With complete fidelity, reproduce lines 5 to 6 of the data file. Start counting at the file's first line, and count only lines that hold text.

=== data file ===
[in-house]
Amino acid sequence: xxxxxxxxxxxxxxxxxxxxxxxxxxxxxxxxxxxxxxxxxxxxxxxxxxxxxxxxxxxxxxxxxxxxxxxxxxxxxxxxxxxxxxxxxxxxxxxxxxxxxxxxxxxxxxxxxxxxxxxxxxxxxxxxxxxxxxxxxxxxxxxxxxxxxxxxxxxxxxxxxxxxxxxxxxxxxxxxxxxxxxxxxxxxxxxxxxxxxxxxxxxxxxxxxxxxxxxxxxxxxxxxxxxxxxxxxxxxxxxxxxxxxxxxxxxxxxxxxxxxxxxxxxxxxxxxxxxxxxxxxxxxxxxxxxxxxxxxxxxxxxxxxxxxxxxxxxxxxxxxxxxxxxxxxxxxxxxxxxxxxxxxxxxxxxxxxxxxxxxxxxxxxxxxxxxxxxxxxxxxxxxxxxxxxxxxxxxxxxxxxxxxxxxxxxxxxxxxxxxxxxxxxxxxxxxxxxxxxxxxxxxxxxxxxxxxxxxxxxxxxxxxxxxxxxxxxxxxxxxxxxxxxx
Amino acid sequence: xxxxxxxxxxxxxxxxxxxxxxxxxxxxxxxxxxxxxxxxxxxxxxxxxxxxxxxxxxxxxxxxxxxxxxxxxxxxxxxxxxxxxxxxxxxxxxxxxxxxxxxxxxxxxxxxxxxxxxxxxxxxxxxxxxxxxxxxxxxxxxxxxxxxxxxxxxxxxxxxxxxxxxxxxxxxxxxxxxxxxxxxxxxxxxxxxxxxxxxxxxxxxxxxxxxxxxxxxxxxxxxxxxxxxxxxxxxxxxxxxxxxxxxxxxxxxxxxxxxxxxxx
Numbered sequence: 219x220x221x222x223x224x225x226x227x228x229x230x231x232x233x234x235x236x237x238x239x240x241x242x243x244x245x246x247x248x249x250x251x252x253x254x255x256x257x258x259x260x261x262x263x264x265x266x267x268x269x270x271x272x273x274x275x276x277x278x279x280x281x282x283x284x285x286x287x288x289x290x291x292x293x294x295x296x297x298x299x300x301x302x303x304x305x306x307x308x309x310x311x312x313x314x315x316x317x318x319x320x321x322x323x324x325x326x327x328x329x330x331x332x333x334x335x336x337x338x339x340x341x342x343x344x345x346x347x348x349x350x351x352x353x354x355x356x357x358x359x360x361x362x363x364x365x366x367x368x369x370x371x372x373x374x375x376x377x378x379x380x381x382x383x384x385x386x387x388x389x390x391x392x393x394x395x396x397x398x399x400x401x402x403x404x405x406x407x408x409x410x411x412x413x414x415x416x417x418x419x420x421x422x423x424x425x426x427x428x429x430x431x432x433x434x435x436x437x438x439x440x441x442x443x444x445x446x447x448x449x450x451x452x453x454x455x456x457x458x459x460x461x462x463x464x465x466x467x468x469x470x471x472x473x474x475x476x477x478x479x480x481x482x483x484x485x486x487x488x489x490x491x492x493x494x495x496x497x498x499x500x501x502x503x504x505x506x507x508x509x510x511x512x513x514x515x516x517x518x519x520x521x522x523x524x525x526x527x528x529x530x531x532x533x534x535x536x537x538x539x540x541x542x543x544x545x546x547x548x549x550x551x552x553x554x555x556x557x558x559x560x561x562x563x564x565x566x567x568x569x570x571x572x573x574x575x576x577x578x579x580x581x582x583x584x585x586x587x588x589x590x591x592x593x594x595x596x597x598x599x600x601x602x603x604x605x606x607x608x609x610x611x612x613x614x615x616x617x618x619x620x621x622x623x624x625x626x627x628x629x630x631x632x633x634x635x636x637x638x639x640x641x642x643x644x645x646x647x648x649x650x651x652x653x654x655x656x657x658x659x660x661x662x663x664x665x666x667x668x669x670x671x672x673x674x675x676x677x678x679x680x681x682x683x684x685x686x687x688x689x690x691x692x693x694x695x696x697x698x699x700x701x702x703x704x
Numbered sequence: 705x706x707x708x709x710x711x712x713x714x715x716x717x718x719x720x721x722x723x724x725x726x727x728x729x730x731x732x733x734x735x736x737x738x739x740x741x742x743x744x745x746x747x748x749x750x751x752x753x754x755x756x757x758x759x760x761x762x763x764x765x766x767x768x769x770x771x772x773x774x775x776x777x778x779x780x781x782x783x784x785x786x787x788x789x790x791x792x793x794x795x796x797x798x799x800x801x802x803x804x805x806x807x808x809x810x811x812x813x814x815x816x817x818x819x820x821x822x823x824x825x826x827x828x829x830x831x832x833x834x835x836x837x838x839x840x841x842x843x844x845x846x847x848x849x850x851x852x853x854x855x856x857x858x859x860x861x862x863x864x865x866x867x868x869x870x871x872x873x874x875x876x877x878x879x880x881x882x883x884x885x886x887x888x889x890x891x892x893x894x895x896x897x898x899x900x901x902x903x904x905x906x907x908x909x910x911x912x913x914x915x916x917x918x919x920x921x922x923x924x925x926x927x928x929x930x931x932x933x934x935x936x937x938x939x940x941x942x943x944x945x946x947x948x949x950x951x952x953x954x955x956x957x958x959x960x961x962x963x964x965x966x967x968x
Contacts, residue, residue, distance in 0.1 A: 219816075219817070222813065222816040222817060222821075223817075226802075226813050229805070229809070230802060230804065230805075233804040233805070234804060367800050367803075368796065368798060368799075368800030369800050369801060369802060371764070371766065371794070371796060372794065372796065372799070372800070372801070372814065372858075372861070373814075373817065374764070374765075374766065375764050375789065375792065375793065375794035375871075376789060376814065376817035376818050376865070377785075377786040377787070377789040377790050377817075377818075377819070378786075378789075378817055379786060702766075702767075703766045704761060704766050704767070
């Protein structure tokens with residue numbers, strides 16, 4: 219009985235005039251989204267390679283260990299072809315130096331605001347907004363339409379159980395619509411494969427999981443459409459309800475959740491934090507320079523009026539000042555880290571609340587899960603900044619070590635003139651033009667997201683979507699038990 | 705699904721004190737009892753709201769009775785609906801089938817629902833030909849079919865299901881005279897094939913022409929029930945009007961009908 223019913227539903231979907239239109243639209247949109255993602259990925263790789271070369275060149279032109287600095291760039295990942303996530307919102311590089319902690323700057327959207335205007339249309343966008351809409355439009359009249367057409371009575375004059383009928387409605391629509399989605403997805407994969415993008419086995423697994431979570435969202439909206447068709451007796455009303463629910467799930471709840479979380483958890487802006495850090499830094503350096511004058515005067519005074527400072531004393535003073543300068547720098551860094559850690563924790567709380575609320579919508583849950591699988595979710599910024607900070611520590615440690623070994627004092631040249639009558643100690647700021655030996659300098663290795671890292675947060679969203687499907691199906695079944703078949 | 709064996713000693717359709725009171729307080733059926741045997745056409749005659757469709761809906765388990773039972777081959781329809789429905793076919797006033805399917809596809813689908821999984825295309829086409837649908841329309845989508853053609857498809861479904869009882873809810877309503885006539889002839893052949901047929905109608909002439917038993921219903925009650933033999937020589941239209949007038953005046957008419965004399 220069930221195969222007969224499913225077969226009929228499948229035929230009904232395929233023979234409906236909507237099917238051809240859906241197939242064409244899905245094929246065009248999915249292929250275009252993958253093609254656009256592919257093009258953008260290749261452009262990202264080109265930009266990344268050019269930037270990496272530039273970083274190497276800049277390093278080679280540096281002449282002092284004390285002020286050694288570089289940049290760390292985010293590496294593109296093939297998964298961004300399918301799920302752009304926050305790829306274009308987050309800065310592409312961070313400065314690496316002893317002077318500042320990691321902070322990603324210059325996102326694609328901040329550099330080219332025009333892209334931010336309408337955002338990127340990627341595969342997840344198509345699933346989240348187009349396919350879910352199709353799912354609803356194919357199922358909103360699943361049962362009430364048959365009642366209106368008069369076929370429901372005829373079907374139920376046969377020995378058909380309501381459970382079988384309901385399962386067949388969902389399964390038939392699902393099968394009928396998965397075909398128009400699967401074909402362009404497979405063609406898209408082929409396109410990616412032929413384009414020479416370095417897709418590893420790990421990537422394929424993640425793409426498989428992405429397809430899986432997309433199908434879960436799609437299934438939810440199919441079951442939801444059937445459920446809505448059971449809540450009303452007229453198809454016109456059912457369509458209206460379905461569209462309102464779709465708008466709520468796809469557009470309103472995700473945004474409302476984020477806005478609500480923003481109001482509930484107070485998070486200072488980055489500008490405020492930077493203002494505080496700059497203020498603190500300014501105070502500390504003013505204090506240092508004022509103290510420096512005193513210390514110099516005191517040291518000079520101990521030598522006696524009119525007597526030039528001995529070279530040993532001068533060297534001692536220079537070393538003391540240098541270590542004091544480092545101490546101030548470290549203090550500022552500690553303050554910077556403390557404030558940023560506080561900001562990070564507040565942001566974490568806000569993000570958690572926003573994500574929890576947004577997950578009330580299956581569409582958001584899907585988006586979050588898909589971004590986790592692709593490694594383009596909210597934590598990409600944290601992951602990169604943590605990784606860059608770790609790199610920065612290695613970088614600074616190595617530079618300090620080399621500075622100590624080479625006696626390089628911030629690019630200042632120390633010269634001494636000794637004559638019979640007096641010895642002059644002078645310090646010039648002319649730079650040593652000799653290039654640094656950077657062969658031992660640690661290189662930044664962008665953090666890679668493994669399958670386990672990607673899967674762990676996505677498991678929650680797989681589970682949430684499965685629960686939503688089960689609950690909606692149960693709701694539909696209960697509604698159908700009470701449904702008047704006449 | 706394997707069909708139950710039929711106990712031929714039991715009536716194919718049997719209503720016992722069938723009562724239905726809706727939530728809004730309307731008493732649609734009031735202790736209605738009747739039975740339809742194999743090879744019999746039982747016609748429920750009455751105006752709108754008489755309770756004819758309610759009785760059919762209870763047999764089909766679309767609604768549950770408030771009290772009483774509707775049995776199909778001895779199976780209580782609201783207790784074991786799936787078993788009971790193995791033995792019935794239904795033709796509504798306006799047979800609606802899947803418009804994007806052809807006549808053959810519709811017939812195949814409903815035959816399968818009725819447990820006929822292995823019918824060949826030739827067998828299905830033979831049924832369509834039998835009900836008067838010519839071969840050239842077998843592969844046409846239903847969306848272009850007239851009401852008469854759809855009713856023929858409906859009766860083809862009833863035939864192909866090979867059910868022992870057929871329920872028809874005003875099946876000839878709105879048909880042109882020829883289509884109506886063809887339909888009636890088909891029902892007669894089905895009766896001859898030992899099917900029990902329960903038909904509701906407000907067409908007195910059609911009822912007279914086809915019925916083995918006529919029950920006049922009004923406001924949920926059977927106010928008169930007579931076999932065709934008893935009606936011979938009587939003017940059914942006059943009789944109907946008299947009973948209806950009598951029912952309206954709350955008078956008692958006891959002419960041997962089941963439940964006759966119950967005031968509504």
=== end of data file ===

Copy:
Numbered sequence: 705x706x707x708x709x710x711x712x713x714x715x716x717x718x719x720x721x722x723x724x725x726x727x728x729x730x731x732x733x734x735x736x737x738x739x740x741x742x743x744x745x746x747x748x749x750x751x752x753x754x755x756x757x758x759x760x761x762x763x764x765x766x767x768x769x770x771x772x773x774x775x776x777x778x779x780x781x782x783x784x785x786x787x788x789x790x791x792x793x794x795x796x797x798x799x800x801x802x803x804x805x806x807x808x809x810x811x812x813x814x815x816x817x818x819x820x821x822x823x824x825x826x827x828x829x830x831x832x833x834x835x836x837x838x839x840x841x842x843x844x845x846x847x848x849x850x851x852x853x854x855x856x857x858x859x860x861x862x863x864x865x866x867x868x869x870x871x872x873x874x875x876x877x878x879x880x881x882x883x884x885x886x887x888x889x890x891x892x893x894x895x896x897x898x899x900x901x902x903x904x905x906x907x908x909x910x911x912x913x914x915x916x917x918x919x920x921x922x923x924x925x926x927x928x929x930x931x932x933x934x935x936x937x938x939x940x941x942x943x944x945x946x947x948x949x950x951x952x953x954x955x956x957x958x959x960x961x962x963x964x965x966x967x968x
Contacts, residue, residue, distance in 0.1 A: 219816075219817070222813065222816040222817060222821075223817075226802075226813050229805070229809070230802060230804065230805075233804040233805070234804060367800050367803075368796065368798060368799075368800030369800050369801060369802060371764070371766065371794070371796060372794065372796065372799070372800070372801070372814065372858075372861070373814075373817065374764070374765075374766065375764050375789065375792065375793065375794035375871075376789060376814065376817035376818050376865070377785075377786040377787070377789040377790050377817075377818075377819070378786075378789075378817055379786060702766075702767075703766045704761060704766050704767070